Aldbourne Heritage Centre

Finishing My Bronze Age Dagger

A few weeks before the lockdowns started I was lucky enough to attend a Bronze Age dagger workshop day at Berrycroft Hub, taught by James Dilley. We each cast our own dagger, but we’re left to put a handle on them at home, so now I’ve got a got a bit of free time, and the weather is good, so here’s what I did…

The starting point below is the dagger blade, some leftover 19mm thick oak, and some 3mm copper rods – I got these off eBay, they cme fom China, but I left them untouched for a couple of weeks so hopefully I’m safe! I have to admit that I’ve used power tools, how they managed it back in the day I don’t know – they definitely have my respect.

So the next step is to mark out the handle shape

Note I marked out an extra stalk from the handle so that it’s easier to do some of the later steps. Now we break out the jigsaw:


So now we need to round off, I took another shortcut, and go out the router with a roundover bit:

before the router
after the router

Remember it’s not a great plan to use a router across the end grain, it can easily cause chips to break off, so I sanded that next when I also sanded off the whole handle:

ready to fit blade to handle

You can see that I also removed the stalk at this stage, so now we mark out to cut the slot in the handle to take the blade

slot marked

I then started by using a saw:

but that doesn’t get a slot quite wide enough for the blad, and I didn’t want to reduce the blade thickness, so using a drill and repeating with the saw we can enlarge the slot:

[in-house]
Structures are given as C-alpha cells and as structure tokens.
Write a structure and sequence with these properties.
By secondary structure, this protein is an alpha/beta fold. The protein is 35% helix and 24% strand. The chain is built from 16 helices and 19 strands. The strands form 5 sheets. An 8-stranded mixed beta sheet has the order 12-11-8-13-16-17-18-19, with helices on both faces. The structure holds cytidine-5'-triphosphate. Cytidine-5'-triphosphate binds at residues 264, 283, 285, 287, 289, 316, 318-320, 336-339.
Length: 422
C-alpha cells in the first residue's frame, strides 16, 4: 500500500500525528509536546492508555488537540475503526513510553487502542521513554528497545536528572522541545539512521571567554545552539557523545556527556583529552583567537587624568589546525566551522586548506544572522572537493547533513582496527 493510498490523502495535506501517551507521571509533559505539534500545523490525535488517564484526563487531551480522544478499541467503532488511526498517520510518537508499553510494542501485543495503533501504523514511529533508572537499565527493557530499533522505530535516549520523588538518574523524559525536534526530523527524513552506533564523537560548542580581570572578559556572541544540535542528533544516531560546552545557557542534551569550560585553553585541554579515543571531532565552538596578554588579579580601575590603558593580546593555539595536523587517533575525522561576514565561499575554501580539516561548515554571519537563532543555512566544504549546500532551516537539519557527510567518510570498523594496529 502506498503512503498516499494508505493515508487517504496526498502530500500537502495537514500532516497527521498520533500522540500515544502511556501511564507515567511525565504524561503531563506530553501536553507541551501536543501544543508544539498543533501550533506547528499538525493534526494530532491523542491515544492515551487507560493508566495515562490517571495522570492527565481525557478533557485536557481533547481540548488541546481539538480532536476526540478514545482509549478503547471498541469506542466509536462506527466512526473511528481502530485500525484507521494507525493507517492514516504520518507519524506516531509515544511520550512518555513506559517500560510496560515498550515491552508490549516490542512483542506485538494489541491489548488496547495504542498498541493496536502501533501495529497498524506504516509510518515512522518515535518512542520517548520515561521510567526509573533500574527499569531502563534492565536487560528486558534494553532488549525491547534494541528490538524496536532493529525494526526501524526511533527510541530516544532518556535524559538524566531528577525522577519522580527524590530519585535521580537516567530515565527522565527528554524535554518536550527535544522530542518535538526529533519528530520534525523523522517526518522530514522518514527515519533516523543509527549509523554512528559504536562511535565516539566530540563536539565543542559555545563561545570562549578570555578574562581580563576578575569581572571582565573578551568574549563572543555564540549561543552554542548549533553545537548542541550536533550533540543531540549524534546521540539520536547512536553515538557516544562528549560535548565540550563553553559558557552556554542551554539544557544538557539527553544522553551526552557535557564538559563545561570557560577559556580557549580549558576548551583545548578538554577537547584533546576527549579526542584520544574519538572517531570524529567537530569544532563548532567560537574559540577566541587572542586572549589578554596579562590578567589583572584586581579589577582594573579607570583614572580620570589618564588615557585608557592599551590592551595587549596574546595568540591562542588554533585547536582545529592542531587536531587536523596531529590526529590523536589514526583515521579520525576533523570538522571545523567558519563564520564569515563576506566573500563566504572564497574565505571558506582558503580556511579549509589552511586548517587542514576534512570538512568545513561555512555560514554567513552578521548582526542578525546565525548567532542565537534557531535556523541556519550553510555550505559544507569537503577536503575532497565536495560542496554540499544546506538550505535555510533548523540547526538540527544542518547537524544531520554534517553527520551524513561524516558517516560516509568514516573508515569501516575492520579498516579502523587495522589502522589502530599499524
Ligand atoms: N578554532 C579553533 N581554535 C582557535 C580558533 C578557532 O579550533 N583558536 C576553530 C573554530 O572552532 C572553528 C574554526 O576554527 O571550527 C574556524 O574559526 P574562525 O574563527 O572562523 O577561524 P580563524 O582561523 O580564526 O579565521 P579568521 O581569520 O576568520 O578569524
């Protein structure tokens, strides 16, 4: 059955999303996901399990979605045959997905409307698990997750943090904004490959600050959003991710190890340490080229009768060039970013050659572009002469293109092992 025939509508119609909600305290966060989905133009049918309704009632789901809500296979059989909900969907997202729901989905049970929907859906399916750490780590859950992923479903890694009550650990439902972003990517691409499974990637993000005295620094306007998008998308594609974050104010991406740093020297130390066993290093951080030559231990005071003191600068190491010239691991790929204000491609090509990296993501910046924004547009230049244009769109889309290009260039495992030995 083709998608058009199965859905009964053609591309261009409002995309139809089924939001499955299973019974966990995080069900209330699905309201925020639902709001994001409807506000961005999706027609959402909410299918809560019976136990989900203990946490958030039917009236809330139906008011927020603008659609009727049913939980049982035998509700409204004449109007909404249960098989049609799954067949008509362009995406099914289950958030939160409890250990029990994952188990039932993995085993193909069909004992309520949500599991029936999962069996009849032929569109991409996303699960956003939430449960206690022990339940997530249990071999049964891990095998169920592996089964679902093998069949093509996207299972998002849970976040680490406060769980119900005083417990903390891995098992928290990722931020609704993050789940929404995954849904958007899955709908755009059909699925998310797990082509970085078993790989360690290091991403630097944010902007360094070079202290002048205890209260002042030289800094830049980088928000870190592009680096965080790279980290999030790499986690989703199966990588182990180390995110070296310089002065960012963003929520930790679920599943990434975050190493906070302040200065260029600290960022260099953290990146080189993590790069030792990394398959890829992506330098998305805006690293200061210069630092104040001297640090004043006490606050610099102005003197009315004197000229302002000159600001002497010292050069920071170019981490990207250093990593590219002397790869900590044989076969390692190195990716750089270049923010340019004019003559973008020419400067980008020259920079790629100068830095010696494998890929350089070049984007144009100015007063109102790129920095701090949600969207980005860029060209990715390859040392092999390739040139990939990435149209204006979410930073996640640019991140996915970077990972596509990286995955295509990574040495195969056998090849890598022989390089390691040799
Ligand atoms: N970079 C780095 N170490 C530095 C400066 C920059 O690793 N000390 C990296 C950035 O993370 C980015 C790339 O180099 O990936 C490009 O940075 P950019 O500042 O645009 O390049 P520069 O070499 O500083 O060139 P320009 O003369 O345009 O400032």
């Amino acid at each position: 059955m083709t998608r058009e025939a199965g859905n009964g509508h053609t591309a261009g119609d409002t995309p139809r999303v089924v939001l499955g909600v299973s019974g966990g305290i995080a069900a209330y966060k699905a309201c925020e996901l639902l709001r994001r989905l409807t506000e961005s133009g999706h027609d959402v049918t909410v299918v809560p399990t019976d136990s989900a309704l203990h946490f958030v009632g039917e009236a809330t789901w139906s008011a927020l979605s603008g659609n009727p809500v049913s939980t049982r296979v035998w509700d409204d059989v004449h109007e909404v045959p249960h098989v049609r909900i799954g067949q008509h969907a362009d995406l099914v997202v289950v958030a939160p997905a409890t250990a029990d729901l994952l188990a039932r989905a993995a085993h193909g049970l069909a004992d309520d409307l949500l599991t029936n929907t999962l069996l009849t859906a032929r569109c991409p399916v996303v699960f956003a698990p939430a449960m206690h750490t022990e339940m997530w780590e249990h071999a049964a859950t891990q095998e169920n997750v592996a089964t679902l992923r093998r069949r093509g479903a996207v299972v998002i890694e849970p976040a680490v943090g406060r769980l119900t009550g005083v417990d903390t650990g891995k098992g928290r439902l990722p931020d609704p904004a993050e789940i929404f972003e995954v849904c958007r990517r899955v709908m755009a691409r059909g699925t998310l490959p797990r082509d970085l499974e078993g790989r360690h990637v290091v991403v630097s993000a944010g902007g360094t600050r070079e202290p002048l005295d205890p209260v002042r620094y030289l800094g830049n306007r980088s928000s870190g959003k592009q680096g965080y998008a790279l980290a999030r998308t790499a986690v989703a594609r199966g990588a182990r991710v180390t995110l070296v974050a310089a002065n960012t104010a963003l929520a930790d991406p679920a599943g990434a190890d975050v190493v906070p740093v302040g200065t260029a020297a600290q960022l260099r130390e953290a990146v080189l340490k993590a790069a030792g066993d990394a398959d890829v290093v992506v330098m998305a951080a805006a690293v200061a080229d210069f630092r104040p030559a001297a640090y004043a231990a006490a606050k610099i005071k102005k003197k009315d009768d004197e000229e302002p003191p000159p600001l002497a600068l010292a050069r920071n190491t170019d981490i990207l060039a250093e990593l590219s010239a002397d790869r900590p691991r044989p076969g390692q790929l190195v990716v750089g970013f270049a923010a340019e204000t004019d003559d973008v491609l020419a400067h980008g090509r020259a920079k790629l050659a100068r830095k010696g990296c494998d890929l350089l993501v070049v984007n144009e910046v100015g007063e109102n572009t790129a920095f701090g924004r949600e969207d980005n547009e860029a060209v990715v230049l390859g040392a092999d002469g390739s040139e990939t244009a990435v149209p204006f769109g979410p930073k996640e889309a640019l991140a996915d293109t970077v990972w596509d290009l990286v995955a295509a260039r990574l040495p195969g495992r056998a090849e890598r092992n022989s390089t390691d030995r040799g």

drilling to widen the slot
blade now fits the handle

Now we’re ready to drill..

marking the rivet points

I’ll be using lengths of the copper rods to make the rivets

As you can see I brought out the drill press, then found it’s easy enough of course to get through the oak, but as the drill gets to the bronze it tries to push the blade from the handle. So I had to add blocks to stop the happening…

modified drilling setup

Having drilled the first hole it’s time to cut the rod to length – I went for about 4mm longer then the thickness of the handle (it’s easier to compare against an offcut which has a square edge). That should give me about 2mm each side the the handle to flatten out to form the rivet head.

inserting the first rivet

At this point I couldn’t find my small anvil (yes I really do have one somewhere in my overcrowded shed!) so I improved and used the splitting maul as an anvil, concrete won’t work as the copped will just chip into it, sarsen might do I guess.

first rivet fitted

I hammer one side for a while, then swapped, and repeated until I’d got the rivet heads flattened out and neat.

The second rivet spoled my day as the drill bit snapped off and left the tip buried inside the handle, I’ve had to just fill that hole, but this is the finished article:

It’s not perfectly symetrical, but I expect those created by starter bronze age dagger makers back in the day wouldn’t have been so much better, it’s surprisingly nice to hold. Once we’re allowed out again I’ll see if I can persuade our curator to accept it for display in the heritage centre.

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